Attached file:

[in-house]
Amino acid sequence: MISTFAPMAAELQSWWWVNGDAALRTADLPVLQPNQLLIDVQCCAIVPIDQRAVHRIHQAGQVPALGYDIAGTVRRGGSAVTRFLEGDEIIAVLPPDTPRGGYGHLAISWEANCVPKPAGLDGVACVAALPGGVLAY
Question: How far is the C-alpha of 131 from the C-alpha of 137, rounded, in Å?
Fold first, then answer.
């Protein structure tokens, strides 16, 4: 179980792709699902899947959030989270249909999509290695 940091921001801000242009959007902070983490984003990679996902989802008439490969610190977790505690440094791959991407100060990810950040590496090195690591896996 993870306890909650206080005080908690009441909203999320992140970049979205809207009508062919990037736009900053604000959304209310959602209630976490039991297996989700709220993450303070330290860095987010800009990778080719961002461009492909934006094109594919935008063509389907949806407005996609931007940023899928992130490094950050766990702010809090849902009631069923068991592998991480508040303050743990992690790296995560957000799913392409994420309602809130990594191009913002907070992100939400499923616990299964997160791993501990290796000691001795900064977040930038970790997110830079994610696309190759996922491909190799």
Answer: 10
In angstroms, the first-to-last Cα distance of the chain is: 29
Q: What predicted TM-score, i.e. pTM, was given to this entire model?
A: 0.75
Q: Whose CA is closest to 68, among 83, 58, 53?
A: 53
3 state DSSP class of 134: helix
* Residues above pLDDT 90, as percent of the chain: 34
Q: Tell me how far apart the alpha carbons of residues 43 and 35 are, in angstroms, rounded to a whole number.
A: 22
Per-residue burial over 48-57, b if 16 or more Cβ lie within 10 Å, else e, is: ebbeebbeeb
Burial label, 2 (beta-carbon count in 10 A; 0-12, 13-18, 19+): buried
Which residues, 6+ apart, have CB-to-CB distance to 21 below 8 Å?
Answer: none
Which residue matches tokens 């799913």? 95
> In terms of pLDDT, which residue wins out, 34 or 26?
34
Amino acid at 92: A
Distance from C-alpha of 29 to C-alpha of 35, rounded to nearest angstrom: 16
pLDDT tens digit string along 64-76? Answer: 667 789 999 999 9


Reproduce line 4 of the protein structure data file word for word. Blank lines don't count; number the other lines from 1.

Fold first, then answer.